Leuven’s new supersized dish picks up signals from tiny satellite
The University of Leuven opened its new satellite ground station last Friday by capturing signals from a satellite the size of a shoebox
Following the PicSat
PicSat is a CubeSat, small satellites that are difficult to pick up without a very large satellite dish. Now Leuven has one (pictured). “Our dish is supersized, two metres in diameter, to be able to capture the faint signals of tiny satellites,” says Bram Vandoren of the Institute of Astronomy.
These tiny satellites are called CubeSats – “the size of a shoe box” – and the PicSat is the world’s first CubeSat specifically designed for astronomical observations. It was developed by the Lesia Observatory in Paris (and funded in part by the Brussels-based European Research Council) to follow the transit of an exoplanet, which is a planet from another solar system that orbits a star.
The exoplanet is in the Beta-Pictoris star system, and the PicSat’s job is to monitor the brightness of the star, which can only happen from space, not from the ground. Observing the transit of a planet in front of its young star can provide new information into the process of planet and star formation.
Data to mission control
“PicSat relies on the amateur radio community for the reception of data, which has so far done an amazing job,” says Vandoren. “There are more than 50 radio amateurs around the world capturing data from PicSat.”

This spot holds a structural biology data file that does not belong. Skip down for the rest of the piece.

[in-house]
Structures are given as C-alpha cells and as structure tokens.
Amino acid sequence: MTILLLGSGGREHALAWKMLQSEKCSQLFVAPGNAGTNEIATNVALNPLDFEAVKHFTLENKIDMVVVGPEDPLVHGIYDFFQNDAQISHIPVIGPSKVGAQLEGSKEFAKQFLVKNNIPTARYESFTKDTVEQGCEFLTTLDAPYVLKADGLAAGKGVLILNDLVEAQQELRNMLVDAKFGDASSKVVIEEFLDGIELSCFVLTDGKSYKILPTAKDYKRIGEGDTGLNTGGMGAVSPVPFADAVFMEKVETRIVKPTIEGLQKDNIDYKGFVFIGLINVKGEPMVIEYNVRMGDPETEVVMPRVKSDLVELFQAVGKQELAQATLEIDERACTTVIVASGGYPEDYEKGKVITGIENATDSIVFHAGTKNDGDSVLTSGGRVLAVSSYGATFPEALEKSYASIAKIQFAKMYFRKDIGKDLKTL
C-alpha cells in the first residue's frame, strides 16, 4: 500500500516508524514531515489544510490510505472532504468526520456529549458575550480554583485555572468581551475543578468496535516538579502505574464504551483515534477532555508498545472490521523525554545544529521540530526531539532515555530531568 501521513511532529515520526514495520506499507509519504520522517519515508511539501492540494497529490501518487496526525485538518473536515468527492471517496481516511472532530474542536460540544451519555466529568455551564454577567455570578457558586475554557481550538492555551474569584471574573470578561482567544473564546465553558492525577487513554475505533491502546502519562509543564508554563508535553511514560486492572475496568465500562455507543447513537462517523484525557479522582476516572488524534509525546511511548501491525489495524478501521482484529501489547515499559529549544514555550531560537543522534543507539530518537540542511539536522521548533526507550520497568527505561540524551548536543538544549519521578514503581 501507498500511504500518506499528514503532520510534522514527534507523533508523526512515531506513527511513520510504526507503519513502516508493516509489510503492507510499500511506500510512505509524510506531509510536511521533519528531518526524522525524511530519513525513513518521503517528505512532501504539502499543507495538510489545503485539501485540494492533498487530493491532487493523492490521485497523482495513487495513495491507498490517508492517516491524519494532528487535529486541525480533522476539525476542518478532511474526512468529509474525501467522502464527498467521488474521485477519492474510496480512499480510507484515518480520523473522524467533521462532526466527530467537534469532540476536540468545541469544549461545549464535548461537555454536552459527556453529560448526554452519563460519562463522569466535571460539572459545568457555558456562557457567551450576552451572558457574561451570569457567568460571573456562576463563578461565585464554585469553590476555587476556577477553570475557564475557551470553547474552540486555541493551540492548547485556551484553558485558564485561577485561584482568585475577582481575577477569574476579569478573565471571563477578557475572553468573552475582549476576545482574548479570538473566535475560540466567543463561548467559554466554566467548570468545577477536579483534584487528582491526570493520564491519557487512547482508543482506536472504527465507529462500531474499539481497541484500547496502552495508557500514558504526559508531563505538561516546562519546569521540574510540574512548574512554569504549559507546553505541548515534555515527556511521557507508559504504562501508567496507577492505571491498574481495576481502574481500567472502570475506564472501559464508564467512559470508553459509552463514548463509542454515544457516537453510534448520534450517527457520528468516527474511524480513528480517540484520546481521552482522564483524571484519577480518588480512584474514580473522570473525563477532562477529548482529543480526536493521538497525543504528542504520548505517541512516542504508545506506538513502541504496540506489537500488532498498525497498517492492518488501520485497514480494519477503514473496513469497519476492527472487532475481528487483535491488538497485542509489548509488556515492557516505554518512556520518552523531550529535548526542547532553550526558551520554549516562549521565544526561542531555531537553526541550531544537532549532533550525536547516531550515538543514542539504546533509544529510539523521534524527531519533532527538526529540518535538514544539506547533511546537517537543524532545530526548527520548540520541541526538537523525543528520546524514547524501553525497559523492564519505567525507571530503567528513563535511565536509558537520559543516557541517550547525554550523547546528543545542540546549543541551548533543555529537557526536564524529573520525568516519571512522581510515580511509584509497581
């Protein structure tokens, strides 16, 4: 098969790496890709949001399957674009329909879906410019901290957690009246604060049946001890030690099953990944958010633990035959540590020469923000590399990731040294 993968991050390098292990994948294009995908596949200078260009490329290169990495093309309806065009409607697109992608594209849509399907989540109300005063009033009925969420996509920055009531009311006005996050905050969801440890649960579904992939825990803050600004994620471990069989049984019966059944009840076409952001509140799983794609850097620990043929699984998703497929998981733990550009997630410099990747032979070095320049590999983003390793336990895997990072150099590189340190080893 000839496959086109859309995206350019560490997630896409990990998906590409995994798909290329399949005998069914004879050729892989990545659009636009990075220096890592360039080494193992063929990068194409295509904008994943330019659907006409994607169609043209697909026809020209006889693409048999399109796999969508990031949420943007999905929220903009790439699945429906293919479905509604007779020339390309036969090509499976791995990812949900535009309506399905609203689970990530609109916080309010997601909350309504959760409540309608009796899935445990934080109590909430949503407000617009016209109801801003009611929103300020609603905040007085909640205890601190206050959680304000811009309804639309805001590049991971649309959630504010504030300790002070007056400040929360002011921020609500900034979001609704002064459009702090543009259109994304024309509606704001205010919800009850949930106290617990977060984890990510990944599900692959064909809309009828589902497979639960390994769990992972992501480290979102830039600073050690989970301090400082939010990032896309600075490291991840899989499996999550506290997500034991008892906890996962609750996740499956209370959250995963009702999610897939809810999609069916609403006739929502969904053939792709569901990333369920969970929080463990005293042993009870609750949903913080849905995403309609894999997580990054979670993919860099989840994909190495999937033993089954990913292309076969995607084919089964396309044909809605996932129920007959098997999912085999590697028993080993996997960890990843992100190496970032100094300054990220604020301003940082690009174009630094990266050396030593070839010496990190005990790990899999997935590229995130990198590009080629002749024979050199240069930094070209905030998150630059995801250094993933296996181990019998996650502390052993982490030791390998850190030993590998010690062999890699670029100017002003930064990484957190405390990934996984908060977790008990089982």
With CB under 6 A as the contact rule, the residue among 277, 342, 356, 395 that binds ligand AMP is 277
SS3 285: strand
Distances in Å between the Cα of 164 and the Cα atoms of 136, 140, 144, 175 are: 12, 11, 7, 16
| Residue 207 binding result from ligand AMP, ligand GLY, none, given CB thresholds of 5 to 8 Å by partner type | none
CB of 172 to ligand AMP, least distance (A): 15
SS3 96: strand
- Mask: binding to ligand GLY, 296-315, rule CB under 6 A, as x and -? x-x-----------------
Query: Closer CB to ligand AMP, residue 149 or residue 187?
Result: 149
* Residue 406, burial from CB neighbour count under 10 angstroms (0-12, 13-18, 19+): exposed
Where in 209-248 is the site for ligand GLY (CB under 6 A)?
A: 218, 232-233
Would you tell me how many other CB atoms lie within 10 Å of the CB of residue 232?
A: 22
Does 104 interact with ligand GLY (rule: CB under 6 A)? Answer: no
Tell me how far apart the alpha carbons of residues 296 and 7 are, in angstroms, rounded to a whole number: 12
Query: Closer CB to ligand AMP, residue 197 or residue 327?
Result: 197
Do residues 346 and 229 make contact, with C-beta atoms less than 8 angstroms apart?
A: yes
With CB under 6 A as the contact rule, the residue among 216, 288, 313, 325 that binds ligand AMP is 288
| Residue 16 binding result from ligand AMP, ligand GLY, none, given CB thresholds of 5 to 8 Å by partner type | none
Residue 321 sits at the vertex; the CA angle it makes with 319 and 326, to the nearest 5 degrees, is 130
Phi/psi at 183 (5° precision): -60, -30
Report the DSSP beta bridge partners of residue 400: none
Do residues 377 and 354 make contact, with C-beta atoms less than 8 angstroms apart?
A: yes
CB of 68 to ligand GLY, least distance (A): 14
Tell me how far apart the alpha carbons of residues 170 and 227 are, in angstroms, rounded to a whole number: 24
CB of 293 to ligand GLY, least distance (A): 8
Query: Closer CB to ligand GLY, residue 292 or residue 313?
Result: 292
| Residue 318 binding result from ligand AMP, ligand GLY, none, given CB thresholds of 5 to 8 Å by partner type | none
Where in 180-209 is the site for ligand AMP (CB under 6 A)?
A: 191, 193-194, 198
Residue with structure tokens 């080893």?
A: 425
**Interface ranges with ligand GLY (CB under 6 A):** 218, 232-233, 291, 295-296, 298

Thanks to the new ground station, Leuven could join them with more sophisticated equipment. “Our antennas can point precisely to the satellite. The satellites we want to receive data from are not in a fixed position in the sky and are only visible for approximately 10 minutes a few times a day. Our antennas move continuously to track the position of the satellite and get the best possible reception.”
The PicSat is in the commission phase, so it’s important for them to have as much data as possible
So when the PicSat flew over Belgium on Friday morning, Leuven captured its data. “We were able to decode the telemetry of the satellite and send it via the internet to the PicSat mission control centre,” explains Vandoren. “The PicSat is in the commission phase, so it’s important for them to have as much data as possible. The more data they have, the faster they can move to the science part of their mission.”
And not only that, he says, “the reception of the PicSat signals was a good way to test our new ground station”.
University of Leuven
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